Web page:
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Organizational Change: Creating Change Through Strategic Communication by Laurie K. Lewis

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1

Defining Organizational Change

To improve is to change; to be perfect is to change often

Winston Churchill

Life is change. Growth is optional. Choose wisely

Unknown

Wisdom lies neither in fixity nor in change, but in the dialectic between the two

Octavio Paz, Mexican poet and essayist

As these opening quotations hint, change is often considered a sign of progress and improvement. Partly owing to a cultural value, organizations are under extreme pressure to constantly change. Zorn, Christensen, and Cheney (1999) make the case that “change for change's sake” (p. 4) has been glorified to an extent that it has become managerial fashion for stakeholders to constantly change their organizations. If it isn't new, it cannot be good. If we aren't changing, we must be stagnant. If we don't have the latest, we must be falling behind. If we aren't improving, we must be inadequate. These scholars go on to argue that the cultural and market pressures that demand constant change in competitive organizations can lead to disastrous outcomes including adoption of changes that are not suited to the goals of the organization; illconsidered timing of change; dysfunctional human resource management practices; exhaustion from repetitive cycles of change; and loss of benefits of stability and consistency. It appears that this faddish behavior, like becoming slaves to any fashion, can lead to poor decision-making and poor use of resources.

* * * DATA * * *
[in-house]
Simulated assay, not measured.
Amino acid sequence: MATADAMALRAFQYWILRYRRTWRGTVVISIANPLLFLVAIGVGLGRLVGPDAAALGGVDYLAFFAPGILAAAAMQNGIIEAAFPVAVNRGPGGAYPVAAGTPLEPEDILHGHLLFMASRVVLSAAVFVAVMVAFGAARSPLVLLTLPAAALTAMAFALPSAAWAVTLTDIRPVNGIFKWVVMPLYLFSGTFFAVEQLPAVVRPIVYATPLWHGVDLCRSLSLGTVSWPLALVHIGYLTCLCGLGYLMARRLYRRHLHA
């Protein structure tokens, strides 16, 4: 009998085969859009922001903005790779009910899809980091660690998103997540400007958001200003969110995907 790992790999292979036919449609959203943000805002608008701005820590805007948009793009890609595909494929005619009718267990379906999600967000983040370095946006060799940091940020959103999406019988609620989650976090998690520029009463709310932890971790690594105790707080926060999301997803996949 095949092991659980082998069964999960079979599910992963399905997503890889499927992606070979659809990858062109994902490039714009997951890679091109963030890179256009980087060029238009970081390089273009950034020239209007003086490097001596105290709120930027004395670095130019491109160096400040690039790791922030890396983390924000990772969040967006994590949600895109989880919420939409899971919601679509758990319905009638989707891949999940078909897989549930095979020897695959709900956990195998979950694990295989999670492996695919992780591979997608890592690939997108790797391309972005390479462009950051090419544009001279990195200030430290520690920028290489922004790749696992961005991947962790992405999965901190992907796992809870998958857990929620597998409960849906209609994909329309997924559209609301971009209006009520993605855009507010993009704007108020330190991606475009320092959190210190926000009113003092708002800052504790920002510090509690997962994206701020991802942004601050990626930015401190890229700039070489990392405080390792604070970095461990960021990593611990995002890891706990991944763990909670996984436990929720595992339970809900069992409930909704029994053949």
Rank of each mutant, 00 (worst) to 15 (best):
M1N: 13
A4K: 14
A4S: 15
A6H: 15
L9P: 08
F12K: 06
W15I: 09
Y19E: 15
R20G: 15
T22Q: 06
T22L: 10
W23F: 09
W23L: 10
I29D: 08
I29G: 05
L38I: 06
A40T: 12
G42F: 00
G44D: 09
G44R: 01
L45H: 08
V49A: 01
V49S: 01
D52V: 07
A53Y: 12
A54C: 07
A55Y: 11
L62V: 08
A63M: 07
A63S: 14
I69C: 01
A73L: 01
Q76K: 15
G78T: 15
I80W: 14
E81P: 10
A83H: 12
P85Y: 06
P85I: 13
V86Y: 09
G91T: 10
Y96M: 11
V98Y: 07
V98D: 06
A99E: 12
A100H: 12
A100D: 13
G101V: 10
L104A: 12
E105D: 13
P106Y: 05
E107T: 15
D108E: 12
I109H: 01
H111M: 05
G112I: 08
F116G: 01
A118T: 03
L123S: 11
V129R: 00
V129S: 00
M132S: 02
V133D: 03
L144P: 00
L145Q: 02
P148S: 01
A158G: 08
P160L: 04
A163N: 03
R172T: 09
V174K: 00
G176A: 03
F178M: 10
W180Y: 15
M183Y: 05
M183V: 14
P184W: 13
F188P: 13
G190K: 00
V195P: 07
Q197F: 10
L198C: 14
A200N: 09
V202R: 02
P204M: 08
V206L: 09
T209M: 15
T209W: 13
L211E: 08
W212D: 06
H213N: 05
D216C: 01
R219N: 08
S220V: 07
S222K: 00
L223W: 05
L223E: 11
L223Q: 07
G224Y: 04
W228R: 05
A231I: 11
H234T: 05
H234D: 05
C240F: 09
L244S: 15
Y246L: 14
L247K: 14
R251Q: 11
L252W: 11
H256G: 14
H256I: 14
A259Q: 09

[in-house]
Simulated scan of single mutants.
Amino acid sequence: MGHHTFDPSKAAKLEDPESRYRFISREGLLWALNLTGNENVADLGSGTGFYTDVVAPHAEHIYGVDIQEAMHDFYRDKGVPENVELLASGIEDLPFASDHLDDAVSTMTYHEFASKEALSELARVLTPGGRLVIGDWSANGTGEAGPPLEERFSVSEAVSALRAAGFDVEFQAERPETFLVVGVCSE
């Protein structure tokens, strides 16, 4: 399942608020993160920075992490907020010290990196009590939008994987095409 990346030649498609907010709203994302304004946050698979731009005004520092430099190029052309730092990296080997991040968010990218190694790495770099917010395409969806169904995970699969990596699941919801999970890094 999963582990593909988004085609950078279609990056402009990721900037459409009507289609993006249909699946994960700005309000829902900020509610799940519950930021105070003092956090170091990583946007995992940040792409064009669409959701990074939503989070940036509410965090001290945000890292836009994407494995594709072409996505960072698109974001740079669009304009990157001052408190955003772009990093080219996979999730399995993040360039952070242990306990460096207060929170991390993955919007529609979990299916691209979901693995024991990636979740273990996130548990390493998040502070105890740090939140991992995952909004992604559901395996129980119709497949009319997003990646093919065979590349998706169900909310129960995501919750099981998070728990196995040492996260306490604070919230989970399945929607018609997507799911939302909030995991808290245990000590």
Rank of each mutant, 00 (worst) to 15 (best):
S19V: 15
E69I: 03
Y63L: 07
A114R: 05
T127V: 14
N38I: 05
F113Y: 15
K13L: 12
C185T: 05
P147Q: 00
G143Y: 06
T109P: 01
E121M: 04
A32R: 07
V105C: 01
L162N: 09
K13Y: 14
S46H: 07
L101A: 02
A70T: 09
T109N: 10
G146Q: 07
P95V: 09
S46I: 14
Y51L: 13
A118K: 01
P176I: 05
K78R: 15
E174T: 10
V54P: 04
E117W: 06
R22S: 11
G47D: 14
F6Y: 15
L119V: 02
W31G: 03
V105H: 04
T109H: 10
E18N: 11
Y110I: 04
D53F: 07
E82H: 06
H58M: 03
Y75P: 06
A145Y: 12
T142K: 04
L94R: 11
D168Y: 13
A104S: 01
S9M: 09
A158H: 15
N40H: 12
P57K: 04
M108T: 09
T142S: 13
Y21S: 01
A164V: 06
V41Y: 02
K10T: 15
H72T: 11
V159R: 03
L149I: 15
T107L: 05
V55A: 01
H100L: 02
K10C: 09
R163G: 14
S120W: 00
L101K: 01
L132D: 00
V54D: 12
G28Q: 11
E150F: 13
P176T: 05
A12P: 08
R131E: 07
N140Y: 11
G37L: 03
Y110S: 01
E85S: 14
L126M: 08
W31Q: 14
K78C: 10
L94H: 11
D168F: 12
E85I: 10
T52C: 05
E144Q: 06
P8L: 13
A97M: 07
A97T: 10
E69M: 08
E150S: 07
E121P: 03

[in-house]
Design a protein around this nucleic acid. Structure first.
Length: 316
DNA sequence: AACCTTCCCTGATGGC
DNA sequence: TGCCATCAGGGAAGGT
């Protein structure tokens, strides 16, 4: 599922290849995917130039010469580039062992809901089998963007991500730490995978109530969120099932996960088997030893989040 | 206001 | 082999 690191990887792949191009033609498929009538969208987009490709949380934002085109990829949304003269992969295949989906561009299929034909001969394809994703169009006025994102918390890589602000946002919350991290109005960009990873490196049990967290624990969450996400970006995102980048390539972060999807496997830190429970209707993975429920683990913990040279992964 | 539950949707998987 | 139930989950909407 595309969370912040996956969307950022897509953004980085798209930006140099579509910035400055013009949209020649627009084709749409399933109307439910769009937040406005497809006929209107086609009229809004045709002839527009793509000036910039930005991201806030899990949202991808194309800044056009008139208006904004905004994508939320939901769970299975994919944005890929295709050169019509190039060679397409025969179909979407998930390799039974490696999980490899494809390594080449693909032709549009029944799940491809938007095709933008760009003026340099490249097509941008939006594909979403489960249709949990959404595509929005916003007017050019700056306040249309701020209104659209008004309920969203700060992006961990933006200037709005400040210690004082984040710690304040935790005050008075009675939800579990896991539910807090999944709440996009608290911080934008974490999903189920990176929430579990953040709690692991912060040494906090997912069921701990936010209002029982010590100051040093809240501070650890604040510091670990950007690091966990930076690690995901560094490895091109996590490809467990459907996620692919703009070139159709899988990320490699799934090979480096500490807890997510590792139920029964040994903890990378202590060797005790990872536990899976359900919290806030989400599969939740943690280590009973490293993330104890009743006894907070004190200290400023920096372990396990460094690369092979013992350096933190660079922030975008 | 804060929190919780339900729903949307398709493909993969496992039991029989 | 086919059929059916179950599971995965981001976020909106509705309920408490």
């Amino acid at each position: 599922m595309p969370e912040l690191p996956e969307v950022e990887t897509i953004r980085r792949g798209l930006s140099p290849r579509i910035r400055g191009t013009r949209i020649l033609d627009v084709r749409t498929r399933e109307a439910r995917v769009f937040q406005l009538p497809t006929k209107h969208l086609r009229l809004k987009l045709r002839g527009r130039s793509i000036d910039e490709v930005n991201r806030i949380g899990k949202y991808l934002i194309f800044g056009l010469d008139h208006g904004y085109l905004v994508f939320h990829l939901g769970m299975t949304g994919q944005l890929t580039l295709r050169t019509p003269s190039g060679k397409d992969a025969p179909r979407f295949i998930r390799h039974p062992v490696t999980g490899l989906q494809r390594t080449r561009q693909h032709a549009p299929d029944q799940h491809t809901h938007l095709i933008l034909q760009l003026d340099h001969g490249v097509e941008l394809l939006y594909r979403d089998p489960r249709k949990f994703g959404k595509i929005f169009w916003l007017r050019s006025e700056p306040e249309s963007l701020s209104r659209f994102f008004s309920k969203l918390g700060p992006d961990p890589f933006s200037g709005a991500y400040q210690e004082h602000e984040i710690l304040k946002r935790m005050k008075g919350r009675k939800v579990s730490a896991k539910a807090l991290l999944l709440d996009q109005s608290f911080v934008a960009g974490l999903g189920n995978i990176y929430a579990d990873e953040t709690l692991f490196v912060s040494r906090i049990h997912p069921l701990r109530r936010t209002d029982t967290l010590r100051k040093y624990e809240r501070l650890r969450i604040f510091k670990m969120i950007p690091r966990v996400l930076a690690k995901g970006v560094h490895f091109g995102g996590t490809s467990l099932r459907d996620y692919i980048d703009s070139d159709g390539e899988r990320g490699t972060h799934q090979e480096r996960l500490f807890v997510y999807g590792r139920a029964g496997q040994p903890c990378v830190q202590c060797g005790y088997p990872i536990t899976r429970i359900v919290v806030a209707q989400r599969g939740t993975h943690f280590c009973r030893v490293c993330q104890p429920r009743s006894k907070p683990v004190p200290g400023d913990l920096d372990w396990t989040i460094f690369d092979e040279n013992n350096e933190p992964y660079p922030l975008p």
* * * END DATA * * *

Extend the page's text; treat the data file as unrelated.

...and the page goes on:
Communication plays a critical role in fostering the fad of change ...

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